Donald Trump's administration will end the defense sequester and direct U.S. military leaders to develop defensive and offensive cyber capabilities to bolster the armed forces.
The military budget, missile defense, and cyber defense are priorities for the new White House, according to a statement on its website laying out Trump's plan to "make our military strong again."
Military leaders have spotlighted how reductions in defense spending have compromised the future military readiness of the joint force. In congressional testimony last fall, service leaders disclosed that their forces would not be able to defend the United States against current and future threats if sequestration continued.
According to the White House, Trump plans to end the defense sequester and send a new budget to Congress outlining his plan to rebuild the military. It is unclear how much defense spending Trump will propose, but the White House said he will commit to providing military leaders "with the means to plan for our future defense needs." The Pentagon operates on a roughly $600 billion annual budget.
The Budget Control Act of 2011 implemented a package of automatic spending cuts to defense and discretionary domestic spending. The cuts, designed to take place over a decade, are expected to erode defense spending by roughly $1 trillion.
Some Republican members of Congress have been vocal about the need to reverse cuts that have squeezed the defense budget, as well as force drawdowns authorized during the Obama administration. Sen. John McCain (R., Ariz.), who chairs the Senate Armed Services Committee, unveiled a plan last week that would boost national defense spending by $430 billion over five years, repeal the Budget Control Act, and increase the services' force levels.
Defense Secretary James Mattis, who was confirmed by the Senate to lead the Pentagon on Friday, will be responsible for plans to bolster the military. Mattis underscored his commitment to ending the defense sequester during his confirmation hearing earlier this month, saying the military could not deter potential adversaries like Russia and China at present.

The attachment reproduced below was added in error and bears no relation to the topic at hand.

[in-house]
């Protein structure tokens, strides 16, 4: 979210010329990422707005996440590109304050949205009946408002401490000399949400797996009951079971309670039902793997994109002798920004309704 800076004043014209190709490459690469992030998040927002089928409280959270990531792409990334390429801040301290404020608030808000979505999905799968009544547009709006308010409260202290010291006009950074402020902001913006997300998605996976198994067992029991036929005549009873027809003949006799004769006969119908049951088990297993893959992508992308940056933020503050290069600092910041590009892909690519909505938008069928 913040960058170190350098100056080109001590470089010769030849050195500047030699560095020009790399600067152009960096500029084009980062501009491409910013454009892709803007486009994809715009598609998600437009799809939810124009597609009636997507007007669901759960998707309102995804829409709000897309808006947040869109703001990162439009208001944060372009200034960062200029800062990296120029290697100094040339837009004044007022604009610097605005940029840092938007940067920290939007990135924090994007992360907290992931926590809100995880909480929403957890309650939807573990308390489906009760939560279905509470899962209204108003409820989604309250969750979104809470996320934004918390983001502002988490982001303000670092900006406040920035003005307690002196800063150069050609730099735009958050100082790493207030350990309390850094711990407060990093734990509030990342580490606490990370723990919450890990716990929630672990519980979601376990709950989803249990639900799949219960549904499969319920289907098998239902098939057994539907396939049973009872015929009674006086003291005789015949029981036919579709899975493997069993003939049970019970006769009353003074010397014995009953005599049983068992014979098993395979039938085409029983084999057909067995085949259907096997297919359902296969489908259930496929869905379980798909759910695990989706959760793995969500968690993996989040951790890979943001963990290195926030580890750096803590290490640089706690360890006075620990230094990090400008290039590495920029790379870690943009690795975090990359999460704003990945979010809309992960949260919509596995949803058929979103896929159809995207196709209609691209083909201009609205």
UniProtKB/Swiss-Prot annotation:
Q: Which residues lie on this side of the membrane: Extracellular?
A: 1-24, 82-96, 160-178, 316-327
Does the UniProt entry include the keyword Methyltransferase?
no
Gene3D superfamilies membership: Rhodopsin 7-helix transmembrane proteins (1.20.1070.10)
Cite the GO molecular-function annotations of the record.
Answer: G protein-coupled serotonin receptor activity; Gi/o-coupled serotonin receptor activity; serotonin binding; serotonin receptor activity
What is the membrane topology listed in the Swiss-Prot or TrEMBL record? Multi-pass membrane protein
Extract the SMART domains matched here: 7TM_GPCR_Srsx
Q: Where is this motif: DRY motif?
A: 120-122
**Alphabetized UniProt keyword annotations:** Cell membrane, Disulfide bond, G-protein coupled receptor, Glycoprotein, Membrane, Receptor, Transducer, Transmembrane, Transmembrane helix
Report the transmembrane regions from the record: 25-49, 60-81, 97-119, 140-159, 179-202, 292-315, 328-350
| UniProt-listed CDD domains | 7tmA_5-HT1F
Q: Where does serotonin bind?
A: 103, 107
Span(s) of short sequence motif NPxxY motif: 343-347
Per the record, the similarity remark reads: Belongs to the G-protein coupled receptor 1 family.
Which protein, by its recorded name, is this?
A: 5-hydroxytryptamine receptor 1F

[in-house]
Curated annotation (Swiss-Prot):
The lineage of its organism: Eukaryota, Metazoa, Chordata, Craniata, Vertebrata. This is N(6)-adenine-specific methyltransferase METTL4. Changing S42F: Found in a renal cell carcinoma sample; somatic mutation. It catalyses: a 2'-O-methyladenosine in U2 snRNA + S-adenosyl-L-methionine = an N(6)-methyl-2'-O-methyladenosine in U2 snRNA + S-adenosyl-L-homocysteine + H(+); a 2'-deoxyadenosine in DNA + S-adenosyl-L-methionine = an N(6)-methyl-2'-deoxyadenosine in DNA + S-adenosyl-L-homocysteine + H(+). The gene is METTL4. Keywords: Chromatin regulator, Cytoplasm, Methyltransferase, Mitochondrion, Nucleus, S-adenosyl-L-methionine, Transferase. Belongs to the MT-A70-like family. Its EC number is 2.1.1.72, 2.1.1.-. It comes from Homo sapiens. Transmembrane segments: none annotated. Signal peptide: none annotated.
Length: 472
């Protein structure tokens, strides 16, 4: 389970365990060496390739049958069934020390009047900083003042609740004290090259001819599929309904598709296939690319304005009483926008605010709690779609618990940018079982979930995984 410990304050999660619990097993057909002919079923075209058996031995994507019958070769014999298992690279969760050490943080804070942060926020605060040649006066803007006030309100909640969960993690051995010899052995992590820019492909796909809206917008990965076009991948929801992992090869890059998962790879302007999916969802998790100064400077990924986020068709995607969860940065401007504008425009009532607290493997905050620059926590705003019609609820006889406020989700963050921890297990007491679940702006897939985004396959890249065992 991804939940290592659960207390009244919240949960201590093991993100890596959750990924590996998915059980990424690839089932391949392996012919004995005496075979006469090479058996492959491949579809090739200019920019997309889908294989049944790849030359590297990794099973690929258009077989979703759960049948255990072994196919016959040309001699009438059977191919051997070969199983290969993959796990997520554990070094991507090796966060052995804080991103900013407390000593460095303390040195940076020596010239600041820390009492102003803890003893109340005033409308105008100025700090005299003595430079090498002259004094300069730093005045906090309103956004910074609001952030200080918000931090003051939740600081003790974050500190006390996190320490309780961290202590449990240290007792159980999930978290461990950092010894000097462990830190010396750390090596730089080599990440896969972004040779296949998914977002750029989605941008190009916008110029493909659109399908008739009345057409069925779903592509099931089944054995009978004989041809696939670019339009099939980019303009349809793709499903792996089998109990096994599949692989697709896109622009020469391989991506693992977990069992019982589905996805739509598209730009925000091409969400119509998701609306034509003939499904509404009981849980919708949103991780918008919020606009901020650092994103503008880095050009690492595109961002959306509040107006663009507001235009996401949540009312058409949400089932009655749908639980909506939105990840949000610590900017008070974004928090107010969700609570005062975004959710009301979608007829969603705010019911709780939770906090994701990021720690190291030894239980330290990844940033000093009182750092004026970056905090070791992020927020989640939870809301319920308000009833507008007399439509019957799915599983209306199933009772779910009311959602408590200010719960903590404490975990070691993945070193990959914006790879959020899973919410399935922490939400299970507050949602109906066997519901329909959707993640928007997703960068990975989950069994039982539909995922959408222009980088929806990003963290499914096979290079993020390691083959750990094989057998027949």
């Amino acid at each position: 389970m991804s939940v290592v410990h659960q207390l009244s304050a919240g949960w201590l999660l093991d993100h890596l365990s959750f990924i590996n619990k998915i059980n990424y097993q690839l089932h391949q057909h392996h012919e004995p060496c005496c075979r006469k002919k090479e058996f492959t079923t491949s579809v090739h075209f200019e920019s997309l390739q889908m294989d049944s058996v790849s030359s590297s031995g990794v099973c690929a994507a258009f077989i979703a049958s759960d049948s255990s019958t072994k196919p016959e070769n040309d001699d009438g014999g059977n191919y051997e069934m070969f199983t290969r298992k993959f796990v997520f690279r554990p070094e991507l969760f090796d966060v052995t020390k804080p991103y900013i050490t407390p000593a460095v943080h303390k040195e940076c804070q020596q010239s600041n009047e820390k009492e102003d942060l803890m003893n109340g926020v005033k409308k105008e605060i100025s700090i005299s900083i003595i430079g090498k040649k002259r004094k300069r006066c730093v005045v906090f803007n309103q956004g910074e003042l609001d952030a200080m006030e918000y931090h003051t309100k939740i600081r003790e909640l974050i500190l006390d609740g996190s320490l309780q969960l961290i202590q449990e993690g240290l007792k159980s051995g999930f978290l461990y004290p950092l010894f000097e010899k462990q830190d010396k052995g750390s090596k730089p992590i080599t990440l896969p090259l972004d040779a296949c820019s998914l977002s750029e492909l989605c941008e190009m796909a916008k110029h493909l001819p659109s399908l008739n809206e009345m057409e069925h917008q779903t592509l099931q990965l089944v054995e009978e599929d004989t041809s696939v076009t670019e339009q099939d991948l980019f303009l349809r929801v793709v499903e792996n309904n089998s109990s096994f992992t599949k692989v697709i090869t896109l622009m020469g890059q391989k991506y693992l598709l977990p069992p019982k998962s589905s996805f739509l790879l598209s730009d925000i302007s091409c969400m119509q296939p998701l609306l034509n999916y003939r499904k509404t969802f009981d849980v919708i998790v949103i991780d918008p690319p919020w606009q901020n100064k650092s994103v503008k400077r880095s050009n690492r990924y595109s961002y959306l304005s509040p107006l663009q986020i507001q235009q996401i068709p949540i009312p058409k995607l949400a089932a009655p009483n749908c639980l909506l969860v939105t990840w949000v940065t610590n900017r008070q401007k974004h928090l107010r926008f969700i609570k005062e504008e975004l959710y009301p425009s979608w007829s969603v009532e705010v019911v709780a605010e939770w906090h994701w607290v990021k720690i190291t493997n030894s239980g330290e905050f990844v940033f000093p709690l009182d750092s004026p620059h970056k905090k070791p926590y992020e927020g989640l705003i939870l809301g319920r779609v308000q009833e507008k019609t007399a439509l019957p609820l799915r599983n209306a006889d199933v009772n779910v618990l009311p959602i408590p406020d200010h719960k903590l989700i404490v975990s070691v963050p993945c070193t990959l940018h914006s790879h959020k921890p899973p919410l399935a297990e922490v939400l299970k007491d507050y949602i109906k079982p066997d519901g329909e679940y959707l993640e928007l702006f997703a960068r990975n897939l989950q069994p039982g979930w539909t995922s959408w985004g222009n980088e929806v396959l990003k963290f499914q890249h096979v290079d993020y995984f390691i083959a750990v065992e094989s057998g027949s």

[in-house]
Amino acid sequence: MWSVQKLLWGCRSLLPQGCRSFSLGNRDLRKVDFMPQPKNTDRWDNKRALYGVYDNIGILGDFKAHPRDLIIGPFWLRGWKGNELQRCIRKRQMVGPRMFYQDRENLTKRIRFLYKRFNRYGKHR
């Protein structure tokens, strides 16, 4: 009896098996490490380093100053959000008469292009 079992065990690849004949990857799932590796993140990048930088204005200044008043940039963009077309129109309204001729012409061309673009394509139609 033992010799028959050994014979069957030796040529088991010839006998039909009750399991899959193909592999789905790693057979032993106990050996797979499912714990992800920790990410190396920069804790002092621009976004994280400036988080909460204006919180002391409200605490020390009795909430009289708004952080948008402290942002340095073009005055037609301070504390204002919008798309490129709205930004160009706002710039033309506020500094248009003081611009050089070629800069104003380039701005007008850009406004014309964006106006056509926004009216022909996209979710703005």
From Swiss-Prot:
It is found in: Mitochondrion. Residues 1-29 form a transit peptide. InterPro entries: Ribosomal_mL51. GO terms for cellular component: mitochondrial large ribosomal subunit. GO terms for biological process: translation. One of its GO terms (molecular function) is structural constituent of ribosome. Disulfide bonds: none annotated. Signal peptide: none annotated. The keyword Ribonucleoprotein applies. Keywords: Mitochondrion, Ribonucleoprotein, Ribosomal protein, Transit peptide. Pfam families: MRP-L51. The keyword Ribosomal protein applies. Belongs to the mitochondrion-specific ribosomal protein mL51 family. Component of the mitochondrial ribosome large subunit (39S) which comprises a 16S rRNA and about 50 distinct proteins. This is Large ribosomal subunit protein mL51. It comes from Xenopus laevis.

The Trump administration also plans to develop a "state-of-the-art missile defense system" to protect against missile threats from Iran and North Korea, given their development of ballistic missiles and nuclear weapons.
The United States last year deployed a missile defense system in Romania to protect NATO allies against missile threats from Iran and other rogue states. It plans to deploy the advanced THAAD anti-missile system to South Korea as soon as possible. Both Russia and China regard the U.S. missile defense shield as a threat, and have agreed to work on countermeasures against U.S. anti-missile technology.
Trump also intends to make cyber defense a priority of the U.S. military, according to the White House. Cyber attacks have become a source of serious concern among congressional lawmakers and the media as a result of the intelligence community's conclusions about the Russian government's hacking campaign aimed at the U.S. presidential election.
The intelligence community concluded in an unclassified report released this month that Russia used cyber attacks and disinformation to undermine the election and damage Democratic nominee Hillary Clinton.
"Cyberwarfare is an emerging battlefield, and we must take every measure to safeguard our national security secrets and systems," the White House website states. "We will make it a priority to develop defensive and offensive cyber capabilities at our U.S. Cyber Command, and recruit the best and brightest Americans to serve in this crucial area."
The Pentagon's inspector general concluded at the end of last year that the department faces significant challenges in cyber security after it uncovered a "wide range of cyber security weaknesses" in Defense Department systems during fiscal year 2016.
Trump, who has sharply criticized the intelligence community's conclusions about Russia, has already said he will appoint a team to develop a strategy to combat cyber attacks within 90 days of taking office.